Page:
Wars these days are proxy wars, direct or indirect, and the cyberspace has proved to be a fertile ground for such wars leading to the development of cyberwar
Dr Vishal Saraswat
Traditionally, a country’s military operations dealt with four domains: land, water, air, and space. But since a couple of decades, the advent of Internet and its growing penetration has changed the nature of war and introduced another domain in the military operations, cyber. The cyber domain is comprised of much more than just computers connected to a network. While the location of the users and the physical systems is part of the cyber domain, the cyberspace itself is beyond the three spatial dimensions, length, breadth and vertical, and the temporal dimension, time, and has become the inherent fifth dimension of battlespace. New dimensions keep being added to the battlespace with advances in human civilization, but the cyber-revolution is as epochal as the industrial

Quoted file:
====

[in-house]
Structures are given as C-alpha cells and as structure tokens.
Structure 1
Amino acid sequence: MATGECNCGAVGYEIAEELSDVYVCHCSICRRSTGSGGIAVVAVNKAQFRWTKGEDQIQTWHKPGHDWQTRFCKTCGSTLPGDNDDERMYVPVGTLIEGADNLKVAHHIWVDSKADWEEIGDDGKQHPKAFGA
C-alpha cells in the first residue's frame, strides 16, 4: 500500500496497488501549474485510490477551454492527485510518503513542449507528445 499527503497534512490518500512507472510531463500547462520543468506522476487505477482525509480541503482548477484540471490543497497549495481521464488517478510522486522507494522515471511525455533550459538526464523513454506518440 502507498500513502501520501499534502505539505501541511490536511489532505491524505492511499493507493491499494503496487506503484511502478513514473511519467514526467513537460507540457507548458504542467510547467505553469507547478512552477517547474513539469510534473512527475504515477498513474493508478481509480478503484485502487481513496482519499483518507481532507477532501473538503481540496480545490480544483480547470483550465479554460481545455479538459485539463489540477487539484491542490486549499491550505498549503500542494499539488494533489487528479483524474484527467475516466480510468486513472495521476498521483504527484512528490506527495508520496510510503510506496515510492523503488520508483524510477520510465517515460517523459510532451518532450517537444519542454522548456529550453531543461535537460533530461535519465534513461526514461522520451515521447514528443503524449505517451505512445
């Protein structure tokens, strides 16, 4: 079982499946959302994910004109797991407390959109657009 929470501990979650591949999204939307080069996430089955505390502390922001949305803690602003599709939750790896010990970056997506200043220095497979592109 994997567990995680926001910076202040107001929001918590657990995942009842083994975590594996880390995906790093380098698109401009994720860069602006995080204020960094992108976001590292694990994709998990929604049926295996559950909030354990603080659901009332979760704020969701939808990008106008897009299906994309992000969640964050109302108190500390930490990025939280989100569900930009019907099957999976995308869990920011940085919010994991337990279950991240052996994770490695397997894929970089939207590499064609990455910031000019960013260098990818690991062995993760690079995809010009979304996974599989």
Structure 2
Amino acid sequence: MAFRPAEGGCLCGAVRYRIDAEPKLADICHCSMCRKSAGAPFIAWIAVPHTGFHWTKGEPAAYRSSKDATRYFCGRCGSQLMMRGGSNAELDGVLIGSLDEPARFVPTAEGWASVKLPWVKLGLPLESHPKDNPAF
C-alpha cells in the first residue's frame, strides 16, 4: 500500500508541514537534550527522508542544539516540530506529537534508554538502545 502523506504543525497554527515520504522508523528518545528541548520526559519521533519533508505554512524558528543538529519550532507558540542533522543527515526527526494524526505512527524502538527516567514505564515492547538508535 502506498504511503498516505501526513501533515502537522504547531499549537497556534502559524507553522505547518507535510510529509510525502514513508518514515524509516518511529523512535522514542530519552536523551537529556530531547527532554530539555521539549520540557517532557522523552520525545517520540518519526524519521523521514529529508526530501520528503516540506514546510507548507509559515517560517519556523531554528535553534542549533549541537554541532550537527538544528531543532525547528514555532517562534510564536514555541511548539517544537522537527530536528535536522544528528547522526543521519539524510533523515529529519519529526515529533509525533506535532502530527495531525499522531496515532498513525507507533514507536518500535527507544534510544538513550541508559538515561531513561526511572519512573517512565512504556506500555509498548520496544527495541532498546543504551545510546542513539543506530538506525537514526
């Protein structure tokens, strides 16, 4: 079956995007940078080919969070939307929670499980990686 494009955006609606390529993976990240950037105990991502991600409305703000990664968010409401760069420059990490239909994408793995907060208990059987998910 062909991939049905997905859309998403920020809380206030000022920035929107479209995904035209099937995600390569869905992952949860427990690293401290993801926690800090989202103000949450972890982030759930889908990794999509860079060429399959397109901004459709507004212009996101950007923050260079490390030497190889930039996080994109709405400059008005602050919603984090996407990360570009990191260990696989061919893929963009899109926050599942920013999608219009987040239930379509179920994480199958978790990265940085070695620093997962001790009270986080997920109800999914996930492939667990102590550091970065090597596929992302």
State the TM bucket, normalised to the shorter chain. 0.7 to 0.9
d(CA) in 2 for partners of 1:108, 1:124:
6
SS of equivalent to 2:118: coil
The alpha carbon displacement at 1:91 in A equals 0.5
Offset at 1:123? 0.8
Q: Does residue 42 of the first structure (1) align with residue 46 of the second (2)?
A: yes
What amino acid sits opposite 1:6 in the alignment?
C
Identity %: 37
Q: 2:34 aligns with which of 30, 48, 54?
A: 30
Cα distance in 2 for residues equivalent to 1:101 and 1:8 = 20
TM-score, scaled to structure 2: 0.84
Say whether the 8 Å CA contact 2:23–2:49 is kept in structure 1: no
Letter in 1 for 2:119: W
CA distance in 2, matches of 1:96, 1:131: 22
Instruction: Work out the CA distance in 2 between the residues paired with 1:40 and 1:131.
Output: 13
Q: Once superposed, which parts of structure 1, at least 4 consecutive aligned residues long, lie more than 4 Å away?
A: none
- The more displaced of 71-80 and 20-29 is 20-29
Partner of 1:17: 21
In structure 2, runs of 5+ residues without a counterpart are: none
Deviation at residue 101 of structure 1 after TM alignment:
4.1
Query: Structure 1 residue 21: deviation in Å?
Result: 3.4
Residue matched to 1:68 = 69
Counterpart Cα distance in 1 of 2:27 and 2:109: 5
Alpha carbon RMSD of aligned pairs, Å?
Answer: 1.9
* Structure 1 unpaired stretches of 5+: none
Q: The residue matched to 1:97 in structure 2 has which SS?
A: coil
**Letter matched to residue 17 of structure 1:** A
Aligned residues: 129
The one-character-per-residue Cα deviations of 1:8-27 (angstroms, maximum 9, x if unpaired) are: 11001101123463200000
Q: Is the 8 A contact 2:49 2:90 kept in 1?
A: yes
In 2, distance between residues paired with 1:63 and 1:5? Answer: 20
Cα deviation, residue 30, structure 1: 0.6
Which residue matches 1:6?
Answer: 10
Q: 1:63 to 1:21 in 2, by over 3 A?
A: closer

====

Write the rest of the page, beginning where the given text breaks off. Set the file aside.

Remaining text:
revolution, if not more.
War in Cyber Age
Until 20th century, military only worried about protecting its data and securing its communications (cryptography) and dealt with intercepting and interpreting the data of the adversary (cryptanalysis) while cyber-security was mainly in the domain of the software industry and dealt mostly with protecting computers and data from financial harm. In the 21st century the
cyber-attacks crossed from the digital world into our physical realm, for example, Stuxnet destroyed Iranian nuclear program in 2012. Now, cyber-security is not just about hacking, malwares, web defacements, email spoofing, identity thefts, and online financial frauds but also entails data theft, Denial of Service (DoS) and Distributed Denial of Service (DDoS) attacks, unauthorised access to critical infrastructures of the country, online surveillance and digital espionage.